Escape from the Woo Zoo

Escape from Woo Zoo: A Story I Wish I Didn’t Have to Tell

When I was about 6, my mother took me and my sister to the theatre to see FairyTale: A True Story. And so the skeptical journey began.

A lot more happened between then and now too. For reasons my parents have yet to share, I spent the first six years of my schooling at a Catholic school, and went through all of the typical rites of passage associated with being a young person of the Catholic faith (minus the confirmation, thankfully). Amongst other things, I personally watched some pretty hideous psychic predictions mess with the proper course of justice, and I had all manner of weird quack claims peddled at me to ‘cure’ me of my severe eczema (Sorry- not cured just yet). I could go on and on.

But I’m going to skip all of that stuff- it happened; bit-by-bit it made me skeptical, but it wasn’t until really recently that I was cornered into dealing with the tough stuff. So I’m going to share some of that with you.

At the end of 2009, my final year of high school, one of my good friends was diagnosed with leukaemia. If there is ever something that is going to bring woo out of the woodwork, that something is going to be cancer. In retrospect, maybe it was slightly insensitive of me to ‘tsk’ at a psychic whose website claimed his personal motto is ‘keep it real’ to a sick guy who really wanted to believe. But my friend’s life had already been turned on its head enough without me all of a sudden switching tack and not being skeptical and not taking the piss out of him- It was what we always did. And so ghosts and psychics became a popular topic of debate in hospital rooms over the ensuing months.

Eventually I had to leave for university, and my friend was put in isolation for a bone marrow transplant. By all accounts it seemed like the most hideous kind of medical procedure a person could go through, but my friend got through. It was amazing. A miracle of modern medicine! I had already lost a cousin to a brain tumour three years earlier, so I was incredibly, unbelievably excited for him. The couple of times I saw him later in the year were thrilling—he had been given another chance at life, and he was starting to make plans for it. As far as I was concerned that was the end of the story. Cancer cured, now he could live happily ever after.

If only. Near the end of 2010 I got news of his relapse. As thrilling as his remission was, this was equally, if not more, devastating. I flew home with another friend so that we could hang out and say goodbye. It was cool! I could go on and on about how wonderful and brave my friend was, I really could. But what was quite interesting (and more relevant to this story) was his shift in obsession with woo.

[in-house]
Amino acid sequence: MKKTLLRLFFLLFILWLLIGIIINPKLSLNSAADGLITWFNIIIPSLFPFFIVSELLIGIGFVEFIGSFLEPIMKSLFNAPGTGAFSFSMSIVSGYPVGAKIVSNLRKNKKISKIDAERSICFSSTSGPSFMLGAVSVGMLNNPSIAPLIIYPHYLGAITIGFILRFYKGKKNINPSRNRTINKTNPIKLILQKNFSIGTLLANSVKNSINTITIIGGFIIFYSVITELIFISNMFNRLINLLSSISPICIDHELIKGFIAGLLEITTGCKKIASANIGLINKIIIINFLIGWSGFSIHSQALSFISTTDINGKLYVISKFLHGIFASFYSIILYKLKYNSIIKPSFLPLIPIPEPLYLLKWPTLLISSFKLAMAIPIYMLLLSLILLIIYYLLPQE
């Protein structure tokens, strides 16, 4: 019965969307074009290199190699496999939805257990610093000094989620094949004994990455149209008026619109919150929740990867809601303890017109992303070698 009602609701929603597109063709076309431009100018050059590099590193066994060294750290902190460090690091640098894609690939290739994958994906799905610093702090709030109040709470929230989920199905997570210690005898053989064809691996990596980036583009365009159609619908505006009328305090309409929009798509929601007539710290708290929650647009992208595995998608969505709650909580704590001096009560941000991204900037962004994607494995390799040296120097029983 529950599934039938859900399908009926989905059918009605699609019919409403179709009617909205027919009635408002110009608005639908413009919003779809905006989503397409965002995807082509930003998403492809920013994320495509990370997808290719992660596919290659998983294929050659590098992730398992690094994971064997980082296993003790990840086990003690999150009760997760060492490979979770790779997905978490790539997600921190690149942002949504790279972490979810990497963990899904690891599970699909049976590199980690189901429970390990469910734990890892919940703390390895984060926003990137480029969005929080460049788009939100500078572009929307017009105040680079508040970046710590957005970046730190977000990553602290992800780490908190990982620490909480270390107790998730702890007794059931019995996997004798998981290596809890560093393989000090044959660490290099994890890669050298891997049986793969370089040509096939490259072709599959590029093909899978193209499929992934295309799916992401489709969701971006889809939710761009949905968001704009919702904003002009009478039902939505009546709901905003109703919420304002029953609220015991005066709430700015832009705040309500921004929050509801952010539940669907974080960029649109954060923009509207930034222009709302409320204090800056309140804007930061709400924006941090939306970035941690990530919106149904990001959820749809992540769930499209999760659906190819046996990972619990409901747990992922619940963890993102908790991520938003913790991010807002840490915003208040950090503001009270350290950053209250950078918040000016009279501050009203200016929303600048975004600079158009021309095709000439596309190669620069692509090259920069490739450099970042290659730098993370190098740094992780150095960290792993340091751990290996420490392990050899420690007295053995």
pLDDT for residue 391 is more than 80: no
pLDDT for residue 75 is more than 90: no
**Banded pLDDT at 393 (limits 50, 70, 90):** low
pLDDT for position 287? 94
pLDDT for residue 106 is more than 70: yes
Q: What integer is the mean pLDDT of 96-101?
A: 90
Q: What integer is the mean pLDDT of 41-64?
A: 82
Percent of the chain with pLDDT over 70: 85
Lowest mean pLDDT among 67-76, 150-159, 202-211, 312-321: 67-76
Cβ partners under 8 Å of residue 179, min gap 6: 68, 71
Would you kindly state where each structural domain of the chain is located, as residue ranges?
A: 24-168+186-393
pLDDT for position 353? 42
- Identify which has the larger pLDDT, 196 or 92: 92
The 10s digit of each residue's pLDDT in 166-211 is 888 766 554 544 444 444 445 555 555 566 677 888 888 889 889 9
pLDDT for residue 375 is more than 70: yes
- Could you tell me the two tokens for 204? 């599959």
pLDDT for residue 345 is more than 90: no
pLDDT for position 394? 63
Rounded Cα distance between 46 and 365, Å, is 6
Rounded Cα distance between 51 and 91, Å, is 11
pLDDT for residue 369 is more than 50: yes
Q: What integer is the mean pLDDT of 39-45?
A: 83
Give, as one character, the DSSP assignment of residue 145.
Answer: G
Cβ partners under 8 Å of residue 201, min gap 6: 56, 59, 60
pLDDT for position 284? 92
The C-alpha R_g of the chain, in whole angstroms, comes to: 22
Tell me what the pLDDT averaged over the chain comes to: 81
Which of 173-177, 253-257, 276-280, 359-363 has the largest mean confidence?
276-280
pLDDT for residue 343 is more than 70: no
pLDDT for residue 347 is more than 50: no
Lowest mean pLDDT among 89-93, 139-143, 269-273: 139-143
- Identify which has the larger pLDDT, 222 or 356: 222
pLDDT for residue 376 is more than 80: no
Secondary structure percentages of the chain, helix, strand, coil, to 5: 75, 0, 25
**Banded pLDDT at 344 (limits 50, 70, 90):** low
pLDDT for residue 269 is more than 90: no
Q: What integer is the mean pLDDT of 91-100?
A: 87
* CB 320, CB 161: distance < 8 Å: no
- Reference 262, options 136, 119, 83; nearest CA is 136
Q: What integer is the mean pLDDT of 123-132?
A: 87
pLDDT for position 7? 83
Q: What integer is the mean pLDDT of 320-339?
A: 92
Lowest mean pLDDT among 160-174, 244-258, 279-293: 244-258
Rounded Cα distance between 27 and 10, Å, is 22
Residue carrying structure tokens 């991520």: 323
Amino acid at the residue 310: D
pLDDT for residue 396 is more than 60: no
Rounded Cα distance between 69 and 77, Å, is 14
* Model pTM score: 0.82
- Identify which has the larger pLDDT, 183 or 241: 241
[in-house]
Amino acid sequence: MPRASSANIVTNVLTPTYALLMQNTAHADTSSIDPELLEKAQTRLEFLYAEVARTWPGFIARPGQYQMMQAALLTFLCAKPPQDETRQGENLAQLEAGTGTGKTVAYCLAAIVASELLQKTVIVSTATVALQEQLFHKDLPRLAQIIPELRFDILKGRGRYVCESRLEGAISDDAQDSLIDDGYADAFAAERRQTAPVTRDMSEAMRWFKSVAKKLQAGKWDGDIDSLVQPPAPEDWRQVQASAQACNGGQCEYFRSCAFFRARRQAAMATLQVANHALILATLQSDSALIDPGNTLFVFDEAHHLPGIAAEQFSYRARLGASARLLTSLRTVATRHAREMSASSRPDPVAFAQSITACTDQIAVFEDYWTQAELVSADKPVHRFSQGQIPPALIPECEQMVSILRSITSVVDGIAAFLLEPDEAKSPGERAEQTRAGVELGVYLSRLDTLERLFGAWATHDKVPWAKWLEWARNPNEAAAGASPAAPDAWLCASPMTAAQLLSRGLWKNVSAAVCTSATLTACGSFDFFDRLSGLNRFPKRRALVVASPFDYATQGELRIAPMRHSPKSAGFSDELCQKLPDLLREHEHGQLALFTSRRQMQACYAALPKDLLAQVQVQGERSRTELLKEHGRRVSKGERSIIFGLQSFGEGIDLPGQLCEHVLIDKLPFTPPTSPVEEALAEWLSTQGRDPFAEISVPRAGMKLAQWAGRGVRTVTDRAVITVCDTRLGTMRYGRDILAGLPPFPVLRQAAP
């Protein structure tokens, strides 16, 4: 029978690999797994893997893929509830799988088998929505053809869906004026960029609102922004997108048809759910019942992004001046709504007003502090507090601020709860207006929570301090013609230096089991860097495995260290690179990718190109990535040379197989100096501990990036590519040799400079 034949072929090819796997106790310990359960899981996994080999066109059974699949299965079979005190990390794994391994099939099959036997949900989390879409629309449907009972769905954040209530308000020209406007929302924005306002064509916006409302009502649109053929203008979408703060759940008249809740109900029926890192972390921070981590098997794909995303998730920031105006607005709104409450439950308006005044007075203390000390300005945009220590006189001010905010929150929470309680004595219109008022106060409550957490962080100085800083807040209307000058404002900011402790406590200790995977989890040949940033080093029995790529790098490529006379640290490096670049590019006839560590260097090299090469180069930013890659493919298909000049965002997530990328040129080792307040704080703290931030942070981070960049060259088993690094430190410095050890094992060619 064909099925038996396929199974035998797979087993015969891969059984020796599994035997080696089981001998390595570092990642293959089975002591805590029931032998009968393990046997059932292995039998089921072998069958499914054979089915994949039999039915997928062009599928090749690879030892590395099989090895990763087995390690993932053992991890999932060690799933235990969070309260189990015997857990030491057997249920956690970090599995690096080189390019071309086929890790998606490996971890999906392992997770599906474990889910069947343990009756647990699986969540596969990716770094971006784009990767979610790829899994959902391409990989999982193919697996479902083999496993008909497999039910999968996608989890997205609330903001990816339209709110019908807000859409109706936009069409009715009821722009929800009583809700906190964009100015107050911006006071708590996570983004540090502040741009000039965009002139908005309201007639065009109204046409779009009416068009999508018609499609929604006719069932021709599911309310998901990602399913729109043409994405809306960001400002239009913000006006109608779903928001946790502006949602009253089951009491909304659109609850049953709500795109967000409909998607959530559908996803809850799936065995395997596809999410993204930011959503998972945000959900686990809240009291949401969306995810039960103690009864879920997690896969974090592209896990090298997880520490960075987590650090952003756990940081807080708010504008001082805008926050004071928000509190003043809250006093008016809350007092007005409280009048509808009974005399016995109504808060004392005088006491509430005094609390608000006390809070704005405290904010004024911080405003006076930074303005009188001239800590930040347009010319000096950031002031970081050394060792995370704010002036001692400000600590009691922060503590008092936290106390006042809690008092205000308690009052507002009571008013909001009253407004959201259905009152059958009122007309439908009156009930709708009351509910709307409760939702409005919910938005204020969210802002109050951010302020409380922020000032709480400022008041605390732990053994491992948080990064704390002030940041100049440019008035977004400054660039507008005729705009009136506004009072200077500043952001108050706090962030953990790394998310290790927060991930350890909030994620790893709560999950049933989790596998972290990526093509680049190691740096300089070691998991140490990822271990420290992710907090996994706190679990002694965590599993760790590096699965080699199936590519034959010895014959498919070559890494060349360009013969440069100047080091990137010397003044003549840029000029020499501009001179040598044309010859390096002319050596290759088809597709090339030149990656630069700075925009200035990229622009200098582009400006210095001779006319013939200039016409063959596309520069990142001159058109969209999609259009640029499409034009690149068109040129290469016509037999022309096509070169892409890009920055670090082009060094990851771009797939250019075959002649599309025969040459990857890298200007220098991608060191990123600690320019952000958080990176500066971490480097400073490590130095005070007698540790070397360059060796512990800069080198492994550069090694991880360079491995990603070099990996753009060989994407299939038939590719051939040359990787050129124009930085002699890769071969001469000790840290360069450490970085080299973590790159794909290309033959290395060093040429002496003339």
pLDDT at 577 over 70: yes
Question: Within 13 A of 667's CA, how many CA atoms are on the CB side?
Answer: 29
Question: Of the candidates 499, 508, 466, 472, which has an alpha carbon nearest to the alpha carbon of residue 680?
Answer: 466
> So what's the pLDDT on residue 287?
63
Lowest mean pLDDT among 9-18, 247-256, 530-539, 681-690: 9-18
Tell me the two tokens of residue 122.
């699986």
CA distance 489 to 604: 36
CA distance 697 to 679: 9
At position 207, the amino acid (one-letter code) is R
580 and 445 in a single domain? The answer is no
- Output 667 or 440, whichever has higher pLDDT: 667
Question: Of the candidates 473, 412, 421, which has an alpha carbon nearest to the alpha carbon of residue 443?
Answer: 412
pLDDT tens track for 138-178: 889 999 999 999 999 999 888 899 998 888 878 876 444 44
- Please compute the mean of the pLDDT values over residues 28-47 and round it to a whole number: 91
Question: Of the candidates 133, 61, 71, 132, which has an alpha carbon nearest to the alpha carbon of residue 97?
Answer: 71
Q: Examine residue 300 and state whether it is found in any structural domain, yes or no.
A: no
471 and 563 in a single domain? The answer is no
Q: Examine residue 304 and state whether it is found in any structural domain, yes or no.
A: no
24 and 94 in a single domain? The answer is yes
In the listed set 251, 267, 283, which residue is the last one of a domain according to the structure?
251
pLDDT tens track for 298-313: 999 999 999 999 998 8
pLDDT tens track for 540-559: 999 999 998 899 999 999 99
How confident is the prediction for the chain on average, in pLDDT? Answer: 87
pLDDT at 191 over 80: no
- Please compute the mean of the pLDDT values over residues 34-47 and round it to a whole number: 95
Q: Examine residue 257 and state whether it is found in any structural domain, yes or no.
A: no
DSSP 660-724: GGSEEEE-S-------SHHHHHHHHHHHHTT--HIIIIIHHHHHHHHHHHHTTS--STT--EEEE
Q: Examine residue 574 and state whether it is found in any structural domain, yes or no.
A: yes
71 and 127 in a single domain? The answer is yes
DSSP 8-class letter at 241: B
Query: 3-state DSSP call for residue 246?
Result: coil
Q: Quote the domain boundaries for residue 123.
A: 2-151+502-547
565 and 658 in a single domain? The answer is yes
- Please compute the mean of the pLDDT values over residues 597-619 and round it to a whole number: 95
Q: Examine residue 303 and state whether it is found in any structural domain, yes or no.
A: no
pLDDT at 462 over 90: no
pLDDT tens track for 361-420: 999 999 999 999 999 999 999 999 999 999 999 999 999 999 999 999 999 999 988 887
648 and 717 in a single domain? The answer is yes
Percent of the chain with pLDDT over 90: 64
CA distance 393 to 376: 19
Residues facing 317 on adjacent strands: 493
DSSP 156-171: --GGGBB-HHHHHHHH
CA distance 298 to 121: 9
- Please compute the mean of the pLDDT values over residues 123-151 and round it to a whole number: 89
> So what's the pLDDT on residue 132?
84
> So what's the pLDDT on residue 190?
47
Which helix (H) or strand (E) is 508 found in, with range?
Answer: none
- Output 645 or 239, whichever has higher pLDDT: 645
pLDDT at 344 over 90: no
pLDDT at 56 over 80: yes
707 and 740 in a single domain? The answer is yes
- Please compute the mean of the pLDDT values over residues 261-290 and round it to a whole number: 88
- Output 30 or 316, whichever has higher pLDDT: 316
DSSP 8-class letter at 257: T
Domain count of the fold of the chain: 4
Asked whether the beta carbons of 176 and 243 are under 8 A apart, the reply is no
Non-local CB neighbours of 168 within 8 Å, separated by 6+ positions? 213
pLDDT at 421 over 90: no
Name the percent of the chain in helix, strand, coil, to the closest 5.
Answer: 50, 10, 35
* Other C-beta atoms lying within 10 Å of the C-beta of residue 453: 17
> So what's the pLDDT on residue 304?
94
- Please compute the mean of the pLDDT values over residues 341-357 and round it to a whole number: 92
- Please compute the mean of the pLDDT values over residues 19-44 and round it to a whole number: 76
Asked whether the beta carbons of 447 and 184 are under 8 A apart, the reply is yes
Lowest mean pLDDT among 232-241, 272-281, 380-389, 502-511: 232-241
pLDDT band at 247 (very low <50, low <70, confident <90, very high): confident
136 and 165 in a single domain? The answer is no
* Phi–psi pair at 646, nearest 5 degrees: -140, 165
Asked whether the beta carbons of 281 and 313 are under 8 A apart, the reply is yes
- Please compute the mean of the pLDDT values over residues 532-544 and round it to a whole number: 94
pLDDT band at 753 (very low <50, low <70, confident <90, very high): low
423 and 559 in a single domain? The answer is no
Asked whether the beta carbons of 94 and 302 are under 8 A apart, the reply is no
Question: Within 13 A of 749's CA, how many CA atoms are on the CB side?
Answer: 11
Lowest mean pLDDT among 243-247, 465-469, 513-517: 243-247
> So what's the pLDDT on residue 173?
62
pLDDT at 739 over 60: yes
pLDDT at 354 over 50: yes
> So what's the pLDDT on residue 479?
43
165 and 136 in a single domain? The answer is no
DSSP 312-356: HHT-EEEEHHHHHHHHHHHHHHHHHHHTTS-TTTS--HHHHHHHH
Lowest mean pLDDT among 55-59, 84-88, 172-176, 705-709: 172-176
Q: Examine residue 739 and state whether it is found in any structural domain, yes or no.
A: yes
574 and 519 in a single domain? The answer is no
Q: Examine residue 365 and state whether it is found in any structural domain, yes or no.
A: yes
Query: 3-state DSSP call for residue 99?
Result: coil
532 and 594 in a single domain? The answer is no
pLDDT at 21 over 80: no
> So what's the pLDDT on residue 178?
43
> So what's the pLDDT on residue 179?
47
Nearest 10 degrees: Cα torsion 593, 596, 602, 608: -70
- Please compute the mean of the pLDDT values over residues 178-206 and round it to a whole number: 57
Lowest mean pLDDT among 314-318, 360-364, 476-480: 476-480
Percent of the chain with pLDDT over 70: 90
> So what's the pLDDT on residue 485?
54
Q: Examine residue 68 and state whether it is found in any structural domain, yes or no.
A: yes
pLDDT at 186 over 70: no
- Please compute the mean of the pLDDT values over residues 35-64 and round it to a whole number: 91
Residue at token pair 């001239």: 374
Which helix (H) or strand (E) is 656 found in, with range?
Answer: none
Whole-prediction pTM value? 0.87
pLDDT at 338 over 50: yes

This time round, it was religion. He had managed to get hold of a bunch of ministers/ priests/ pastors of various Christian denominations, he had got in contact with some Buddhists through a contact at the hospital, a Druid through an acquaintance of his parents, he had rung up the local Hare Krishnas, and we talked about ringing up one of the local Mosques, but he eventually decided that ‘they might require a bit more commitment’. He did all of this while still managing to proclaim to anyone of Christian faith who walked through the door: ‘Evolution is a fact you know. Evolution is a fact!’. This half-hearted, all-encompassing version of Pascal’s wager was a lot of fun too- it was a really interesting journey through death and trying to find ways to cope with it.

One day I was driving home from his place with another friend, and she (being Christian) said to me (the ‘I-don’t-know-Catholic-but-actually-Agnostic-or-Atheist-or-something’):

“Would you do what he is doing, you know, with the whole religion thing? If you were dying?”

All of a sudden the whole world came crashing down around me. Yes, it was amusing. Yes, our friend had an amazing sense of humour and he retained it right up until the end. Yes, it was a really cool way to cope with the situation. But I had to pause, turn, and say to her (and more importantly, myself):

“No. I wouldn’t. I don’t believe any of it. I think that when you die, you die.”

It was a pretty devastating thing to admit that in a few days (although I didn’t know it at the time) one of my best friends would lose consciousness forever, never to grow up and do all of the cool things he could have done. It was pretty devastating to admit that one day I would completely lose consciousness forever. And that everyone I had ever known and would ever know would go the same way. Or, already had.

But in some ways, it was pretty liberating too. For one, I could quite happily ignore any religious fear-mongerers telling me I’m going to hell (although I’d been doing it for years anyway). It meant I had to seriously think about what I want to do with the one life I have. It meant I couldn’t just think about what I wanted to do with it, but I had to actually do it. I was opened up to the whole reality of death, gut-wrenching as it was, and the whole range of comforting thoughts you could think about death that were firmly entrenched in reality.

You probably guessed by now how this story ends. I still feel devastated that my friend had to die. I still feel devastated that his parents no longer have a son; his sisters no longer have a brother. But none of that takes away the time he did have, however painful some of it was, and the amazing influence he had on me, and all of the other people he knew.

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Lauren is a Maths and Physics student from somewhere in the southern hemisphere. She has an affinity for reality, and you can find her on twitter @lolrj, or Google+.

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